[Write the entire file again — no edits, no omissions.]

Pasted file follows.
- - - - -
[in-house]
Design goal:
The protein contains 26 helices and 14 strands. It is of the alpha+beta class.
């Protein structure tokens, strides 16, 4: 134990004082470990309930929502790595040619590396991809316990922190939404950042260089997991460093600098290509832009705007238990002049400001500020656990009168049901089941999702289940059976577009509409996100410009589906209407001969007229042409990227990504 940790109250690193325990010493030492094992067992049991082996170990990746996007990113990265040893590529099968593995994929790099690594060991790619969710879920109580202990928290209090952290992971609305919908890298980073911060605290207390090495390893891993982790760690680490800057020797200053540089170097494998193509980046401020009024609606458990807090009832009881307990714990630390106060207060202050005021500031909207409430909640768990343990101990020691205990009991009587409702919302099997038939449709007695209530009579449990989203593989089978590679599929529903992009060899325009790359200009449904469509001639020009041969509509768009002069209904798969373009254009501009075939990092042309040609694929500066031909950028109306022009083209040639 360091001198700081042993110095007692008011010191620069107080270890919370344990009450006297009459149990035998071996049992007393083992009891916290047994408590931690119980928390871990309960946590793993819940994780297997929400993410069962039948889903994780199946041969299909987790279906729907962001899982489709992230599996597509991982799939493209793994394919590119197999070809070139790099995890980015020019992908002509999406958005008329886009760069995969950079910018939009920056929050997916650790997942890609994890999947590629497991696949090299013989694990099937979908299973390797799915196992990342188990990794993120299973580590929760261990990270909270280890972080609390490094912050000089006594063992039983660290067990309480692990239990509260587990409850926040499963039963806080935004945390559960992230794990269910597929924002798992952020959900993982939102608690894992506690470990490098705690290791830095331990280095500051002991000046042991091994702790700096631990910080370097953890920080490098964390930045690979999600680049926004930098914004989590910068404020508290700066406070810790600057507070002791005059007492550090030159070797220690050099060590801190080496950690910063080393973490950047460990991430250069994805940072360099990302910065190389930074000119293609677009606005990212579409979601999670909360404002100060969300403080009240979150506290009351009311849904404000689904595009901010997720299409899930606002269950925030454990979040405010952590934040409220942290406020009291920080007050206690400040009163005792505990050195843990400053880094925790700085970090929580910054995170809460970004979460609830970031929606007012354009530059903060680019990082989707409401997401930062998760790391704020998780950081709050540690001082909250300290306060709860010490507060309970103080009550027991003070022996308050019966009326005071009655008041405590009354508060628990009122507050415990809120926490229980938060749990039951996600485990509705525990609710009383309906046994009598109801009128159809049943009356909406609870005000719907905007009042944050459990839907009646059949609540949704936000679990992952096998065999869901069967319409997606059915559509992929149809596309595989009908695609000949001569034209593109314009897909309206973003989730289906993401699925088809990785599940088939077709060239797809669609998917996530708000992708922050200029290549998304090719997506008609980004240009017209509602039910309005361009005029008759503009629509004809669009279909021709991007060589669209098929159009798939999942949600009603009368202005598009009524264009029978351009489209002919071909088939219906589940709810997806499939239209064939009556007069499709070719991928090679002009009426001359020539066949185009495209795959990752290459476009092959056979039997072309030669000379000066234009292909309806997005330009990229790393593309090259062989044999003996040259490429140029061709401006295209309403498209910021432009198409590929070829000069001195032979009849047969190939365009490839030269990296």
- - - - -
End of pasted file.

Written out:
[in-house]
Design goal:
The protein contains 26 helices and 14 strands. It is of the alpha+beta class.
């Protein structure tokens, strides 16, 4: 134990004082470990309930929502790595040619590396991809316990922190939404950042260089997991460093600098290509832009705007238990002049400001500020656990009168049901089941999702289940059976577009509409996100410009589906209407001969007229042409990227990504 940790109250690193325990010493030492094992067992049991082996170990990746996007990113990265040893590529099968593995994929790099690594060991790619969710879920109580202990928290209090952290992971609305919908890298980073911060605290207390090495390893891993982790760690680490800057020797200053540089170097494998193509980046401020009024609606458990807090009832009881307990714990630390106060207060202050005021500031909207409430909640768990343990101990020691205990009991009587409702919302099997038939449709007695209530009579449990989203593989089978590679599929529903992009060899325009790359200009449904469509001639020009041969509509768009002069209904798969373009254009501009075939990092042309040609694929500066031909950028109306022009083209040639 360091001198700081042993110095007692008011010191620069107080270890919370344990009450006297009459149990035998071996049992007393083992009891916290047994408590931690119980928390871990309960946590793993819940994780297997929400993410069962039948889903994780199946041969299909987790279906729907962001899982489709992230599996597509991982799939493209793994394919590119197999070809070139790099995890980015020019992908002509999406958005008329886009760069995969950079910018939009920056929050997916650790997942890609994890999947590629497991696949090299013989694990099937979908299973390797799915196992990342188990990794993120299973580590929760261990990270909270280890972080609390490094912050000089006594063992039983660290067990309480692990239990509260587990409850926040499963039963806080935004945390559960992230794990269910597929924002798992952020959900993982939102608690894992506690470990490098705690290791830095331990280095500051002991000046042991091994702790700096631990910080370097953890920080490098964390930045690979999600680049926004930098914004989590910068404020508290700066406070810790600057507070002791005059007492550090030159070797220690050099060590801190080496950690910063080393973490950047460990991430250069994805940072360099990302910065190389930074000119293609677009606005990212579409979601999670909360404002100060969300403080009240979150506290009351009311849904404000689904595009901010997720299409899930606002269950925030454990979040405010952590934040409220942290406020009291920080007050206690400040009163005792505990050195843990400053880094925790700085970090929580910054995170809460970004979460609830970031929606007012354009530059903060680019990082989707409401997401930062998760790391704020998780950081709050540690001082909250300290306060709860010490507060309970103080009550027991003070022996308050019966009326005071009655008041405590009354508060628990009122507050415990809120926490229980938060749990039951996600485990509705525990609710009383309906046994009598109801009128159809049943009356909406609870005000719907905007009042944050459990839907009646059949609540949704936000679990992952096998065999869901069967319409997606059915559509992929149809596309595989009908695609000949001569034209593109314009897909309206973003989730289906993401699925088809990785599940088939077709060239797809669609998917996530708000992708922050200029290549998304090719997506008609980004240009017209509602039910309005361009005029008759503009629509004809669009279909021709991007060589669209098929159009798939999942949600009603009368202005598009009524264009029978351009489209002919071909088939219906589940709810997806499939239209064939009556007069499709070719991928090679002009009426001359020539066949185009495209795959990752290459476009092959056979039997072309030669000379000066234009292909309806997005330009990229790393593309090259062989044999003996040259490429140029061709401006295209309403498209910021432009198409590929070829000069001195032979009849047969190939365009490839030269990296």